LLUÈRNIA, a public art festival held in Spain, features a dramatic paper and light installation called Origami Lava that looks like liquid fire flowing down the side of an old abandoned building and into the courtyard below.
In the wistful irony of creating liquid fire through sheets of paper, David Oliva of Barcelona-based firm SP25 Arquitectura and Anna Juncà of Atelier 4 collaborated to fabricate an installation piece for the LLUÈRNIA festival of fire and light in Catalonia. Titled, Origami Lava, the field of flame cloaks the 100m2 surface of an abandoned building using over 10,000 pieces of origami.
Drawing inspiration from the natural environment of Olot, a town native to dormant volcanoes, the eruption of the incandescent lava illuminates the otherwise pitch-black night. The ephemeral experience is generated by positioning a series of lights throughout the site coupled with the use of smoke machines to synthesize light and heat.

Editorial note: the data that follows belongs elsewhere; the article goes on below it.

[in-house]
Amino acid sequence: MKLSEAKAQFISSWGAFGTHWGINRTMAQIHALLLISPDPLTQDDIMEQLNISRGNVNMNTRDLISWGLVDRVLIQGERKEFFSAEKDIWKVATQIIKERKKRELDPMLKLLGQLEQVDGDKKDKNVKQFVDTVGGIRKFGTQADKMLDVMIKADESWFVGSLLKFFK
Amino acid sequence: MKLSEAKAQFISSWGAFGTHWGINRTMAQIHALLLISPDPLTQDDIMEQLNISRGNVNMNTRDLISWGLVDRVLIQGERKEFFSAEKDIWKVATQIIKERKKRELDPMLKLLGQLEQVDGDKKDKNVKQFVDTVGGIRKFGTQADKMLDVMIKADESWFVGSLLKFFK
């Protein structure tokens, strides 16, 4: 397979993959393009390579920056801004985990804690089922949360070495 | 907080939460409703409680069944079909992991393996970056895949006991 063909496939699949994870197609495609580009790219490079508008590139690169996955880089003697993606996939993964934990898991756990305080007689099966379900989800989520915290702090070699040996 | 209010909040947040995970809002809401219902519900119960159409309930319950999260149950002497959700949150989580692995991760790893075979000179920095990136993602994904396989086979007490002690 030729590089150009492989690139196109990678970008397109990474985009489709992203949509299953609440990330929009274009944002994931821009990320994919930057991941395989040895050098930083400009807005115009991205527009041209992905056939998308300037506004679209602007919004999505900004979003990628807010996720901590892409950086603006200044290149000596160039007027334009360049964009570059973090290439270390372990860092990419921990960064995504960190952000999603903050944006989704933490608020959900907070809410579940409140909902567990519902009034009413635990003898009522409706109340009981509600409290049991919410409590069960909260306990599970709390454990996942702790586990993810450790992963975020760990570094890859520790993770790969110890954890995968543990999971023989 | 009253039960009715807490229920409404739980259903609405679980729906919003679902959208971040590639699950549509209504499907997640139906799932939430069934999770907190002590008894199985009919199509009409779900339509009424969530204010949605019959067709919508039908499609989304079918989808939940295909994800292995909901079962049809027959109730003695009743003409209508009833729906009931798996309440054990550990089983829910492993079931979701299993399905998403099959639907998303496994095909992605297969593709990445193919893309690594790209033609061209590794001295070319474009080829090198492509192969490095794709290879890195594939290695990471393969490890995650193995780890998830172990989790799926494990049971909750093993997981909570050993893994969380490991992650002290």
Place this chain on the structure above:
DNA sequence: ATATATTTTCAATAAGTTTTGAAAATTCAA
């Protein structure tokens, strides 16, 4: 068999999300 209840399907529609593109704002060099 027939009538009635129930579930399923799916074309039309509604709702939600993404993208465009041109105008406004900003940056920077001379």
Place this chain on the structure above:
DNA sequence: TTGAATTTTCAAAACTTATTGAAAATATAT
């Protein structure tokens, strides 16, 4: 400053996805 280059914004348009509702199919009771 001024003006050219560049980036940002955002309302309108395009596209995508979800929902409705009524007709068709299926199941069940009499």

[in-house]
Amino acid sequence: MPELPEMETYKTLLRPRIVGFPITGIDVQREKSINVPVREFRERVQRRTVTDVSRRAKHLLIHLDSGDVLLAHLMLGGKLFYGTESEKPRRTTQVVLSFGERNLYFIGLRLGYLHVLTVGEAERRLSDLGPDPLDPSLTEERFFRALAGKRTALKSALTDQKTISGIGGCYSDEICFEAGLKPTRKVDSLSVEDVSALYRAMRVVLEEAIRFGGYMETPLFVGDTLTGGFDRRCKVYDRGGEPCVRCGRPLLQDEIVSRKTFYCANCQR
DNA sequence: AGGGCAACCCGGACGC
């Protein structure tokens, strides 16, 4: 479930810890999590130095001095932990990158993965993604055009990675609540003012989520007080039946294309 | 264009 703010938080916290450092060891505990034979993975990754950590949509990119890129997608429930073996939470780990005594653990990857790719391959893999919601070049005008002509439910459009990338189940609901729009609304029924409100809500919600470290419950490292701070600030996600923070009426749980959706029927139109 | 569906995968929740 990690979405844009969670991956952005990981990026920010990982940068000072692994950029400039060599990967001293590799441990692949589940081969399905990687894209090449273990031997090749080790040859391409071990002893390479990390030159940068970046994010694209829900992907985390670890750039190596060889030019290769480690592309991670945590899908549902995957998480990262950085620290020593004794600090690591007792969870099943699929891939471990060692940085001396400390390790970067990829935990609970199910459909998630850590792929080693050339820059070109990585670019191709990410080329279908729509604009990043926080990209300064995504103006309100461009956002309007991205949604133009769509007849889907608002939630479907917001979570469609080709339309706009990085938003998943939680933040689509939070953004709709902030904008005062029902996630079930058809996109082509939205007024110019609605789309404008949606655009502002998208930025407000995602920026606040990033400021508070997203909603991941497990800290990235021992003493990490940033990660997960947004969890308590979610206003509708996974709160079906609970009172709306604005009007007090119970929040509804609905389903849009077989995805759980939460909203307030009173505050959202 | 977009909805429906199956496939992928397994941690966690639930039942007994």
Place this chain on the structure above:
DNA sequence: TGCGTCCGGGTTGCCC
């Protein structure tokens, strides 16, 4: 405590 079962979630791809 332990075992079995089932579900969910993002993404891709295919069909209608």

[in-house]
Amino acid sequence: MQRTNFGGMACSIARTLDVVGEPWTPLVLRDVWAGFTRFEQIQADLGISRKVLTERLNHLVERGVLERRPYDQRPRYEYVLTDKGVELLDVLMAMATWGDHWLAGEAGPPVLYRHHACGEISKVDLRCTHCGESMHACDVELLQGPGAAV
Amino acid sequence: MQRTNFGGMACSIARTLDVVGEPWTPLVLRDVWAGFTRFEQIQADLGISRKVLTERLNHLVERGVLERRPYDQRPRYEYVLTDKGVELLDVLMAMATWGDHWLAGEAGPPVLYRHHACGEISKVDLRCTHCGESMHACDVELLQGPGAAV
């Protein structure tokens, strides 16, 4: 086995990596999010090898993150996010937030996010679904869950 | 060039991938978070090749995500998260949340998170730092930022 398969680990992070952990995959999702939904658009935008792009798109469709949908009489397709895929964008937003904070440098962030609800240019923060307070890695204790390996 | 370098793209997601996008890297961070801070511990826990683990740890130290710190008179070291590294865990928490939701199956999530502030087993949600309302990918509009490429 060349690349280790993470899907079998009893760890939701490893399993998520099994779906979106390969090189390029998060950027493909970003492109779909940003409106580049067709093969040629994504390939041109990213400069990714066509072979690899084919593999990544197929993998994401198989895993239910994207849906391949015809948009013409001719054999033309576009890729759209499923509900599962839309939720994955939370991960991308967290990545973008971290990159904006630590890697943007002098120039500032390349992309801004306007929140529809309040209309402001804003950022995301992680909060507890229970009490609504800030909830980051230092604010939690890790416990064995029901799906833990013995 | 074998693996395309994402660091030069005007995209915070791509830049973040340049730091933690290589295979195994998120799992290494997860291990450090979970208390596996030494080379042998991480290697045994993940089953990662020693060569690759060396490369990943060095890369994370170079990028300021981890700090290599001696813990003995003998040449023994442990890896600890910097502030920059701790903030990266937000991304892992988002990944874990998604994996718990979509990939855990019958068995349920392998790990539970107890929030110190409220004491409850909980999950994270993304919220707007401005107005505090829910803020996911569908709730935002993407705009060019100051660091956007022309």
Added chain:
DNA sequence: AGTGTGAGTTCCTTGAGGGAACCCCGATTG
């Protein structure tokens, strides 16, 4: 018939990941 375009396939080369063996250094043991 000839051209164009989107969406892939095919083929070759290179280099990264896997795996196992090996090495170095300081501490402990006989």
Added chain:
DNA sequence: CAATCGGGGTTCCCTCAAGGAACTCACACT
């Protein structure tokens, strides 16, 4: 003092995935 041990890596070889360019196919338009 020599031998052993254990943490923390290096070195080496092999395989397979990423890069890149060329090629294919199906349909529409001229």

Oozing across multiple storeys between the facade of the building and past the terrace below, the lava comes to life as a singular entity from the array of origami elements. The photographs encapsulate the mysterious glow of the "lava mat".
Shades of red, yellow, and orange tinge the paper to create the look of the wild flames. The individual origami itself is folded similar to that of children's classic fortune tellers, however, in this context the four tips of each element is reflective of the urban topography of the environment.
Images © SP25 Arquitectura